Madonsela says so on page 64: “President Zuma told Parliament that his family had built its own houses and the state had not built any for them or benefited them. This was not true… in the name of security, government built for the president and his family … a visitors’ centre, cattle kraal and chicken run, swimming pool and amphitheatre among others. The president and his family clearly benefited from this.”
Yet, surprisingly, she let him off the hook by saying he addressed Parliament in good faith, not thinking about the visitors’ centre, but about family dwellings. No logical reason is given for this conclusion. She says his statement is “consistent with those made by ministers of public works throughout the public outcry over the Nkandla expenditure”.
Yet these successive ministers were bending the truth. So Zuma was perpetuating the same lies. Nor is there any legal reason for exonerating him on the parliamentary lie. It is not within the Public Protector’s ambit to interpret his motives. Such interpretation is for the courts, which might come to a different reading of his intention.
Madonsela was being too generous, considering the treatment she received from Zuma and his lackeys. The 447-page document shows Zuma was obstructive and unco-operative. He was responsible for delays, and he ducked many questions directly asked of him.
Pierre de Vos, one of the complainants who helped initiate the Nkandla probe, describes how, for example, Zuma avoided and ignored questions about the bond which the president said was being used to finance improvements.
After written approaches failed, Madonsela met Zuma personally on August 11, 2013. At that meeting she gave him a set of written questions and he undertook to provide a written response. In his belated reply he “denied that he was ever apprised of the fact that his conduct formed part of my investigation”. In my view he lied to her right there. Her written questions, which are in the report (page 271), did in fact refer to his conduct. He lied in what he did say and what he didn’t say. So, knowing that he had been untruthful, why did she give him the benefit of the doubt on the matter of misleading Parliament?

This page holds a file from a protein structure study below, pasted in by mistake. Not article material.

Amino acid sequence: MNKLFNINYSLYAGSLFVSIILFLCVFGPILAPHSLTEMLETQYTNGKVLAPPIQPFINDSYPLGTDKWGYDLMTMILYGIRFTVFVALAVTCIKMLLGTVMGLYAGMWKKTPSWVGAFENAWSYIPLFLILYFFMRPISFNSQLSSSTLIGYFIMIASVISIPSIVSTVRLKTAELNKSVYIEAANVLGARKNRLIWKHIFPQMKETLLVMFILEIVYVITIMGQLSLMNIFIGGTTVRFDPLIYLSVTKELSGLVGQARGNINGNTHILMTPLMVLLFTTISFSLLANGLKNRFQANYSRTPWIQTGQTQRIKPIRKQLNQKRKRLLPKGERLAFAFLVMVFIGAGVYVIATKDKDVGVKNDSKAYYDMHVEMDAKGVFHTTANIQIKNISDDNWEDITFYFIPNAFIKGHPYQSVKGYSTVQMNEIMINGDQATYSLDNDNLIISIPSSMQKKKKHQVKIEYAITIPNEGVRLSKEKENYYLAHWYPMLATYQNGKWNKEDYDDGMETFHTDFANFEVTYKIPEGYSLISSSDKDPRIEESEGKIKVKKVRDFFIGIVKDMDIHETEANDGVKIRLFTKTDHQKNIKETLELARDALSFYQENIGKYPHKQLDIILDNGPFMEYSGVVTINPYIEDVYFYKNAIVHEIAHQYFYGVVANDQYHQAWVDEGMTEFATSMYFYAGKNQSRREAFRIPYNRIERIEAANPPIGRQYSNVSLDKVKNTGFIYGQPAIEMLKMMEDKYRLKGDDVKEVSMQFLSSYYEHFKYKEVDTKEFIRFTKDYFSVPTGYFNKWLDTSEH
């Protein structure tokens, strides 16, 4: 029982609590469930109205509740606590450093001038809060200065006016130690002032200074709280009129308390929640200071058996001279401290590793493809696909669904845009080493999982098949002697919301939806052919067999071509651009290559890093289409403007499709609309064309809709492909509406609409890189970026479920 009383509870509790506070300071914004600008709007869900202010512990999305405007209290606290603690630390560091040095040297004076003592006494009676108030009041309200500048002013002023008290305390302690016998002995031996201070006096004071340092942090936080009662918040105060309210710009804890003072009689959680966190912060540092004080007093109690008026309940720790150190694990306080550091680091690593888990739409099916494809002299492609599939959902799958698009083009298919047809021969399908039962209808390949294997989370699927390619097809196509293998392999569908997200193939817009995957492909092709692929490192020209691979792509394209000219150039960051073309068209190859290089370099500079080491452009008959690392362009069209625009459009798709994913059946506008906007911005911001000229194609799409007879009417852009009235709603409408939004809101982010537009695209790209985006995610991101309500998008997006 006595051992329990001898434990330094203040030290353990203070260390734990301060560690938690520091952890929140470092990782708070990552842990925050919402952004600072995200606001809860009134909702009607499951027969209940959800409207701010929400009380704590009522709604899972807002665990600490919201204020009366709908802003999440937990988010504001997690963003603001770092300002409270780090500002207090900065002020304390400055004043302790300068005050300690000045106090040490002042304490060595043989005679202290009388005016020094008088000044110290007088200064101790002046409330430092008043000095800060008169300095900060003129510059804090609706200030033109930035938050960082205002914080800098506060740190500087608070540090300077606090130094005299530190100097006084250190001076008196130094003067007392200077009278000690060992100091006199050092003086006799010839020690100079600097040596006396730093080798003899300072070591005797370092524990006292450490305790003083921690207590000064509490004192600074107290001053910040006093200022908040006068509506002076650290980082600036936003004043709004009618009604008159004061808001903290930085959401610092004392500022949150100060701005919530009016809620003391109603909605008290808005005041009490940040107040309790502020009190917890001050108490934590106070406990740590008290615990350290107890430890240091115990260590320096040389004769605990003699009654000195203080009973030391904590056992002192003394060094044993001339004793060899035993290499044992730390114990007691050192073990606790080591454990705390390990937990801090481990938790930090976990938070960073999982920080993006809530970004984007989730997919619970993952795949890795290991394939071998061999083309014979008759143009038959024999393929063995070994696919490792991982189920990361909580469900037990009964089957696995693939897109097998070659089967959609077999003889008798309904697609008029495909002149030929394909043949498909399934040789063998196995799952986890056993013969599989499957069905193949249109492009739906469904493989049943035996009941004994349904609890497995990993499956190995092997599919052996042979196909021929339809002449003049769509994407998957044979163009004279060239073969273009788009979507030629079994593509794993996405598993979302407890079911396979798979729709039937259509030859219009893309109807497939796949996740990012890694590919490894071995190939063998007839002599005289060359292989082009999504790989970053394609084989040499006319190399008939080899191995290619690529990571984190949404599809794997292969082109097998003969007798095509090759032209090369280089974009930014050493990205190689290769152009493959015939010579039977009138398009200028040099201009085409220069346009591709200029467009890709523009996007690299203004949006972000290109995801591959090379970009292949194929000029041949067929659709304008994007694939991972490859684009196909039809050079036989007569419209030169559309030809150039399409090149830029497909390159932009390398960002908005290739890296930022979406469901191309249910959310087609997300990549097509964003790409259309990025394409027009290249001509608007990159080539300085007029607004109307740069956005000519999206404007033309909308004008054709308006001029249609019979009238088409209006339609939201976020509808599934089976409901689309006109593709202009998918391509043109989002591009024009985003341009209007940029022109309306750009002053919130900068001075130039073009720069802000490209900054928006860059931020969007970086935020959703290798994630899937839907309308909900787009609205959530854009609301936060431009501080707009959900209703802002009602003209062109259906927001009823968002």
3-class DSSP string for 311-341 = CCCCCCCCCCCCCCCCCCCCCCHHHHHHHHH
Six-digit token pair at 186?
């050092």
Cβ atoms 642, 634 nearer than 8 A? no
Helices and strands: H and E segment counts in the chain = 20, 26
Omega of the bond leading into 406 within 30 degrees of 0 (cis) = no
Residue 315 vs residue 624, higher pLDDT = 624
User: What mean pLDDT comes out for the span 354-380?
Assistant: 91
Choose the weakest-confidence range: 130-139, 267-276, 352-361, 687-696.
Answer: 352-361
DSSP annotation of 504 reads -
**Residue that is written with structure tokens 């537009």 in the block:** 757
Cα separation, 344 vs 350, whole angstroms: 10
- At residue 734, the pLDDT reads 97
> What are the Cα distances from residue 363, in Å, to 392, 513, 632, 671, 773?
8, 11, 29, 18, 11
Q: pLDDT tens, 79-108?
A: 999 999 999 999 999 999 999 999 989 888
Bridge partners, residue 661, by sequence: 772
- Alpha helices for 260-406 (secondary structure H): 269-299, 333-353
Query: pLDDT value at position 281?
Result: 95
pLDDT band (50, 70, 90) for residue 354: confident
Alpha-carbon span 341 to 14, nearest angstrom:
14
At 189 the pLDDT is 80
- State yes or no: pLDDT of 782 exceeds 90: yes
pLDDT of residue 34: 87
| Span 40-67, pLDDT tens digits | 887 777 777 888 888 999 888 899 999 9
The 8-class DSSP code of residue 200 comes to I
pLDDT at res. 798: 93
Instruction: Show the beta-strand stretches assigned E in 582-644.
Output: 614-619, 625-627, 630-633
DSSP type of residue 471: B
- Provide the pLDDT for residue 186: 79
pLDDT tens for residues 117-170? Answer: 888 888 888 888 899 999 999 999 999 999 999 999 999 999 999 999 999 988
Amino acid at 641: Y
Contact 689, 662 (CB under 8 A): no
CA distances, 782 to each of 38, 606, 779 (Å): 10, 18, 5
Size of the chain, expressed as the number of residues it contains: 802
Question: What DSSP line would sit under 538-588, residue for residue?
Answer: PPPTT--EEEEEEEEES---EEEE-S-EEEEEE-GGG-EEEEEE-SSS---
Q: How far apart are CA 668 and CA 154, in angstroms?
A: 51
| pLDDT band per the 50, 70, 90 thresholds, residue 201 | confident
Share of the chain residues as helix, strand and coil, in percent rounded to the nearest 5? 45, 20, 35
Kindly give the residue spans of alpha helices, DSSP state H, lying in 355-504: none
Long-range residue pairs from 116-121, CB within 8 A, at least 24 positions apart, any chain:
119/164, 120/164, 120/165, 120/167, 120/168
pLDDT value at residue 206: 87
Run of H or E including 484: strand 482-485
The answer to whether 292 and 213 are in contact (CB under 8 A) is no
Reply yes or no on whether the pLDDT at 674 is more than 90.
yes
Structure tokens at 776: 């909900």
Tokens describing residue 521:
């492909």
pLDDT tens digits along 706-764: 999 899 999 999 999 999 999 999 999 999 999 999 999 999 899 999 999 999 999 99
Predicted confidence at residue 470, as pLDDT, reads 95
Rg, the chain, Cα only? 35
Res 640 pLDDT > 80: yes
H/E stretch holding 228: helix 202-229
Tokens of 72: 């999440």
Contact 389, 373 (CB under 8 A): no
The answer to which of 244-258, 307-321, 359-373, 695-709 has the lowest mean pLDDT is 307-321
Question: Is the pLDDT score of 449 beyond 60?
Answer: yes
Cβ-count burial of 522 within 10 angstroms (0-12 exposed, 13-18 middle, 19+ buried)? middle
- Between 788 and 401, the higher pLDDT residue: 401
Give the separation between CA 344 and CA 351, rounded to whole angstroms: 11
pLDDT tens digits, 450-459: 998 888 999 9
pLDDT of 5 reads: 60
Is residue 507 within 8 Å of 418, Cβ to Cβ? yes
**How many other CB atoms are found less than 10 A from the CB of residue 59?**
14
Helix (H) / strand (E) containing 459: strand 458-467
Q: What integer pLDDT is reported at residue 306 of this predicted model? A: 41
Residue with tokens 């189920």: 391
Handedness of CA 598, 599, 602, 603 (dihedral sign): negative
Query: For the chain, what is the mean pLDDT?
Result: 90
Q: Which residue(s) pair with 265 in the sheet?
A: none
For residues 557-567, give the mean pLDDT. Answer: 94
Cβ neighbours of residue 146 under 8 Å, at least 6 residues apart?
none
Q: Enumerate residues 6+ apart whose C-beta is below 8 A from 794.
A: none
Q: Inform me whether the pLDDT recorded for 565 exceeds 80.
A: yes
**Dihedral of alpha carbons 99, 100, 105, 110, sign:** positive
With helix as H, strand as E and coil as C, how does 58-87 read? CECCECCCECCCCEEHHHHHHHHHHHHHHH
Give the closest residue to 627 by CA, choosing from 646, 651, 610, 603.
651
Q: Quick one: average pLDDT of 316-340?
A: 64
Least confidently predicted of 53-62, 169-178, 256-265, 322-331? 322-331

This indulgence on Madonsela’s part has given ammunition to Zuma’s lapdogs in the ANC who cite it as proof that he did no wrong, which is nonsense. When it suits them they say, hypocritically, that Madonsela’s findings do not have the force of court rulings.
The truth is we have a president who on at least three occasions (Shaik trial, Guptagate and Nkandla) should have been held to account for prima facie cases of corruption. Miraculously he “didn’t know” there was anything wrong with his relationship with Shaik, or the Guptas, and he “didn’t know” we were paying for non-security upgrades at his home. Bollocks.
Each of his great escapes takes us further into the abyss of a corrupt, failed state where leaders pay no heed to accountability. That’s why we should all support the moves to impeach him and to have him charged.
Lying to Parliament is the most serious of his many offences. It should lead to his removal from office. Thuli is admirably courageous but she should have been tougher.